It seems to be flavour of the month to be seen to be tough on welfare, with housing benefit being the latest target of politicians. The latest is Labour’s Ed Balls (‘Labour to examine housing benefit’), but he is just the latest in a line of politicians from all sides to do so.
There is clearly a problem with housing benefit, costing, as it does, £95 billion over the four years of the government’s spending cycle. This compares to just £4.5 billion being spent on new affordable homes in the same period.
I recall that, in the 1980s, that ratio was 80% invested in new affordable homes with just 20% on housing benefit.
But it is not the so-called feckless unemployed claimant who is responsible. 92% of new claims for housing benefit, according to the DWP, come from people in work. Housing benefit has become, as some people say, a public subsidy for some employers, allowing them to pay low wages.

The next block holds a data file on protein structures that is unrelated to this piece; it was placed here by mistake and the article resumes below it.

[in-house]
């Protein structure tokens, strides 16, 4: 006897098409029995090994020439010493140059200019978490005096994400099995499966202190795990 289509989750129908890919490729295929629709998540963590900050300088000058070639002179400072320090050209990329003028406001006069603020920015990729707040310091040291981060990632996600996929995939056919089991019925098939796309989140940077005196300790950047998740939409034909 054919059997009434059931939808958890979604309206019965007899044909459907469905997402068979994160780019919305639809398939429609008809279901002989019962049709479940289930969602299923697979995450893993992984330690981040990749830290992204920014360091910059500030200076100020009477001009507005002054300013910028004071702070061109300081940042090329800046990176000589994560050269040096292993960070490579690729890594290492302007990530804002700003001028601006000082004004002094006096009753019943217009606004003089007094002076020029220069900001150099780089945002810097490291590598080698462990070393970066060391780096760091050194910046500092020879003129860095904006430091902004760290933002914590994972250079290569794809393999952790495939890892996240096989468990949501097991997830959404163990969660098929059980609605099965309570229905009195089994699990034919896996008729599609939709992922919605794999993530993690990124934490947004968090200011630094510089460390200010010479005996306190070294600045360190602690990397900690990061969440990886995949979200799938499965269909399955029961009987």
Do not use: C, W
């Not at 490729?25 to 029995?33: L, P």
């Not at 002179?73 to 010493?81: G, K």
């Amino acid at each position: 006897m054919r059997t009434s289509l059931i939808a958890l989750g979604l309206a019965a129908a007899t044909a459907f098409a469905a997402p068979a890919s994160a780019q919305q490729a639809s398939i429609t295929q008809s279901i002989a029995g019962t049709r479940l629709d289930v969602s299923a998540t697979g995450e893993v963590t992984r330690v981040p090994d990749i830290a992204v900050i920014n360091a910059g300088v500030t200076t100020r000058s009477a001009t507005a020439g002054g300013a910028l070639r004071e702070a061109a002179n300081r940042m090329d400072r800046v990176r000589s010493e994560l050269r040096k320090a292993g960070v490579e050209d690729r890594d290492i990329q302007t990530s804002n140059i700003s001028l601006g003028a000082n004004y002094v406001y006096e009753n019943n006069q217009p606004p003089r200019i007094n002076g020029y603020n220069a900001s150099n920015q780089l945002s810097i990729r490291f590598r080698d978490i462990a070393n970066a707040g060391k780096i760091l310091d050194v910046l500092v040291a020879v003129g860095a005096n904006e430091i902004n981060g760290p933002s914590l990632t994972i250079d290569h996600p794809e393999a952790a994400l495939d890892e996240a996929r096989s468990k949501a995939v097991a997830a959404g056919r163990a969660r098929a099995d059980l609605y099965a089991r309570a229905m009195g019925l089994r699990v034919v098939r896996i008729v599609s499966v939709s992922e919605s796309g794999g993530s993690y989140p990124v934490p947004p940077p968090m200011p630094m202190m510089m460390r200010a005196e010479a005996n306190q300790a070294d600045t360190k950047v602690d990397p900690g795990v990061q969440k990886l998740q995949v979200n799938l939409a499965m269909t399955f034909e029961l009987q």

The cost is spiralling. Bill Randall, the chair of Housing at Brighton and Hove City Council tweeted last week: “Research shows private sector rents up by more than 20% in Brighton and Hove this year. If true more evidence that rent control needed in sector.” Two years ago the 30% centile for a typical one bed room flat in the City was just below £130 per week. Today the 30th centile is £150 (equivalent to the 50th centile in 2011).
Being tough on benefits might play well in the short term, but revenue spending to meet need, rather than capital investment in new homes, will ultimately always be more expensive.
The knock on effects to the economy of the lack of affordable homes has been known for many years, and David Orr, Chief Executive of the National Housing Federation, has written a very compelling blog (as always) on why employers need to say yes to new, affordable homes.
Courtesy of Andy Winter at Andy Winter’s BHT Blog